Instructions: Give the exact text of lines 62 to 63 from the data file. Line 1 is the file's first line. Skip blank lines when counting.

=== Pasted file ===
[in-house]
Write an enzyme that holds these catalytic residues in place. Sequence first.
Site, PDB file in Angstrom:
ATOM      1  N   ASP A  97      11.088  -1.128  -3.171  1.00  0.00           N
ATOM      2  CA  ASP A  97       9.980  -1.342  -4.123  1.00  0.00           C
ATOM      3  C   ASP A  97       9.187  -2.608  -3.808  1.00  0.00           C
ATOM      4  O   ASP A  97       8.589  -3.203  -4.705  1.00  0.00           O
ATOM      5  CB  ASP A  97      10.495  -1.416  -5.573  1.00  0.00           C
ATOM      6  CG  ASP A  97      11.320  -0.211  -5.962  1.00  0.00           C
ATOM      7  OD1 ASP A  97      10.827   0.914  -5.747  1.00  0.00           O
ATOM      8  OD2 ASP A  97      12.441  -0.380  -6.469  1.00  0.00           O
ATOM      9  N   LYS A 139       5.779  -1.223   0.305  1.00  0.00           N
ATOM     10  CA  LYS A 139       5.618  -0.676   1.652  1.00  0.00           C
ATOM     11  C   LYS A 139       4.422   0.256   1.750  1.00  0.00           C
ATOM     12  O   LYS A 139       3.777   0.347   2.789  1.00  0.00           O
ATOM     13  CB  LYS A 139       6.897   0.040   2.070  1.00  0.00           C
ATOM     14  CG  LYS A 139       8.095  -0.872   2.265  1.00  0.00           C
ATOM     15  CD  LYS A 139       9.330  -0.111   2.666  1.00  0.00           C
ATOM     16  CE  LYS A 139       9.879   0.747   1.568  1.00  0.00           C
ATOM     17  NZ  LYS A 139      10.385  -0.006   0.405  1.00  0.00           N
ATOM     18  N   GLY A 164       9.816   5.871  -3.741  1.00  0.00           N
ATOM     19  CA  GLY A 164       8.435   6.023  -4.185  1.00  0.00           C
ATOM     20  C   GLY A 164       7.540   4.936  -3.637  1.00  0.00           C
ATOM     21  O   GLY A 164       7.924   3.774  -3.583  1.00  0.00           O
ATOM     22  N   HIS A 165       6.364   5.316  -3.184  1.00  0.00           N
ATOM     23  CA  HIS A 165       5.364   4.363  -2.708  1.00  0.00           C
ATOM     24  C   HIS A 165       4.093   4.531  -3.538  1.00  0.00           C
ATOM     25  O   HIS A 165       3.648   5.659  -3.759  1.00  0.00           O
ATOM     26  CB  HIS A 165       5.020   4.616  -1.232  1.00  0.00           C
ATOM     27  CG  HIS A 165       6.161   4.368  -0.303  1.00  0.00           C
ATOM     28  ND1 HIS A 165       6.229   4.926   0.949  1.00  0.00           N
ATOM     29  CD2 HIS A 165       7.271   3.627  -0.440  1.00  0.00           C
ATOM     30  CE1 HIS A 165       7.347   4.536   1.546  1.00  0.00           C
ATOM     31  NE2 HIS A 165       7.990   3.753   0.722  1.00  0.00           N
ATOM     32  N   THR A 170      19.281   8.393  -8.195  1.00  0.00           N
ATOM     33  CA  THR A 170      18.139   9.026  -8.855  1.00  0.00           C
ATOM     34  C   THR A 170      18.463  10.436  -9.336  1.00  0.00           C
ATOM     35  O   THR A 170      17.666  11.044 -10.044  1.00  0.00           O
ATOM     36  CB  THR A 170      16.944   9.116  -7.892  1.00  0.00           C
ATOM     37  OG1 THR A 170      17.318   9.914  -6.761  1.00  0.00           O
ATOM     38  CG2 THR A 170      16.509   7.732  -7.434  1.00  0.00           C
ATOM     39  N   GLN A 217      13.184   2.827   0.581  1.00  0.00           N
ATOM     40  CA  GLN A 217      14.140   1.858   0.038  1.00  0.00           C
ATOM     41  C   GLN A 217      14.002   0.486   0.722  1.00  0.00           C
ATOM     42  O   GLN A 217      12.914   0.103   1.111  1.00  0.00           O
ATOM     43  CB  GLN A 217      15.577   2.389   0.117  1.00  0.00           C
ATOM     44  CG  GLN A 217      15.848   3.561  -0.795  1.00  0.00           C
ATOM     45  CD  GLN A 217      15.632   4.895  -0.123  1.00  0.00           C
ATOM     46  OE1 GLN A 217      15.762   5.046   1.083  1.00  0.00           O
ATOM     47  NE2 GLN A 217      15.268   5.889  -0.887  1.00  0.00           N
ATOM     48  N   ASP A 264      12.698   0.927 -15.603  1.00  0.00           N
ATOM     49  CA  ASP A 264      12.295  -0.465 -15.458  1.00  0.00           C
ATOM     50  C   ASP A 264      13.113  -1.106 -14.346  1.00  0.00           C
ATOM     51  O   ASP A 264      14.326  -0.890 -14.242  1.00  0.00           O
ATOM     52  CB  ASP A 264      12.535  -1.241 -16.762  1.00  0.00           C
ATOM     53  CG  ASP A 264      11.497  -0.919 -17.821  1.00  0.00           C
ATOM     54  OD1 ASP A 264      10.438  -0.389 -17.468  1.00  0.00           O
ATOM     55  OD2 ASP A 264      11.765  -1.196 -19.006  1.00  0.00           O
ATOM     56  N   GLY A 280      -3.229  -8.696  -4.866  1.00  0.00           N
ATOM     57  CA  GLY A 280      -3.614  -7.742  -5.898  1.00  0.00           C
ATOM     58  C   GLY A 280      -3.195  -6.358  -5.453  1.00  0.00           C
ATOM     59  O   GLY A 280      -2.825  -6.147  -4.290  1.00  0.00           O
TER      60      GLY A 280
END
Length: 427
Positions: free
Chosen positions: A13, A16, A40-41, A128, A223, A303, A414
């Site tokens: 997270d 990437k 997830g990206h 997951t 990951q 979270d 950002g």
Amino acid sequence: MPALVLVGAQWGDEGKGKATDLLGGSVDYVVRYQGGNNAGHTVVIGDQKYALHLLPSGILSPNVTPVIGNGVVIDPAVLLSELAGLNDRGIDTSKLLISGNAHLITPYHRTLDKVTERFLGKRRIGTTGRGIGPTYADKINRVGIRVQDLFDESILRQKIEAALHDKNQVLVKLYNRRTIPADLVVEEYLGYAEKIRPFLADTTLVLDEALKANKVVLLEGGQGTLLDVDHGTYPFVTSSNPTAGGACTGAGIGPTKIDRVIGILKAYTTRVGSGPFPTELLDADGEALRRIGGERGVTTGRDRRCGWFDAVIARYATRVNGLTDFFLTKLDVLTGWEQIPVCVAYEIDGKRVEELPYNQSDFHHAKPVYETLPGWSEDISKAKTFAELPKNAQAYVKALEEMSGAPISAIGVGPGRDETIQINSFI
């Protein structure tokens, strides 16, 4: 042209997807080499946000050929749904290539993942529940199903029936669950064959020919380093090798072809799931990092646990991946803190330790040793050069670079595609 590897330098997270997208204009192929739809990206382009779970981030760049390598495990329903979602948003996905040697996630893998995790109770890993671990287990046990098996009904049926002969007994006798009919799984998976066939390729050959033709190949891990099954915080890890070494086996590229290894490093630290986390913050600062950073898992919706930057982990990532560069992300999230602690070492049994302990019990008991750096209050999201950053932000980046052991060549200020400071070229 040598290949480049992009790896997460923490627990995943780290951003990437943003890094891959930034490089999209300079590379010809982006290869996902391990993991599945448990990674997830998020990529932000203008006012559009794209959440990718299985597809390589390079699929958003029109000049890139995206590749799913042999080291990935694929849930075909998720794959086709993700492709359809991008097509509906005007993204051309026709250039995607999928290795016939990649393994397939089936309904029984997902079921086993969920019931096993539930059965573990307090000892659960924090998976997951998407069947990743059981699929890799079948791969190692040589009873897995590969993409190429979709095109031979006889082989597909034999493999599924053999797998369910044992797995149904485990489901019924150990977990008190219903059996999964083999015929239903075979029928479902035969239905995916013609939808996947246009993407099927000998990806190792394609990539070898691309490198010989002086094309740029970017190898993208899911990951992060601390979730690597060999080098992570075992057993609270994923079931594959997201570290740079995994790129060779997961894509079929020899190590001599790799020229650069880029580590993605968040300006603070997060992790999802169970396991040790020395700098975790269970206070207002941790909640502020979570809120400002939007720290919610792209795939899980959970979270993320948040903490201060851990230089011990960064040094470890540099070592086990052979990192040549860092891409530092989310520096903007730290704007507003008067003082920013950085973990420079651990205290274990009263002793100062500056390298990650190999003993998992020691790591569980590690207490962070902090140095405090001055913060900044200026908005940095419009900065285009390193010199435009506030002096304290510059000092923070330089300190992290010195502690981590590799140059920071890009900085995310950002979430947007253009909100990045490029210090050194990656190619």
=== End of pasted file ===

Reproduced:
ATOM     59  O   GLY A 280      -2.825  -6.147  -4.290  1.00  0.00           O
TER      60      GLY A 280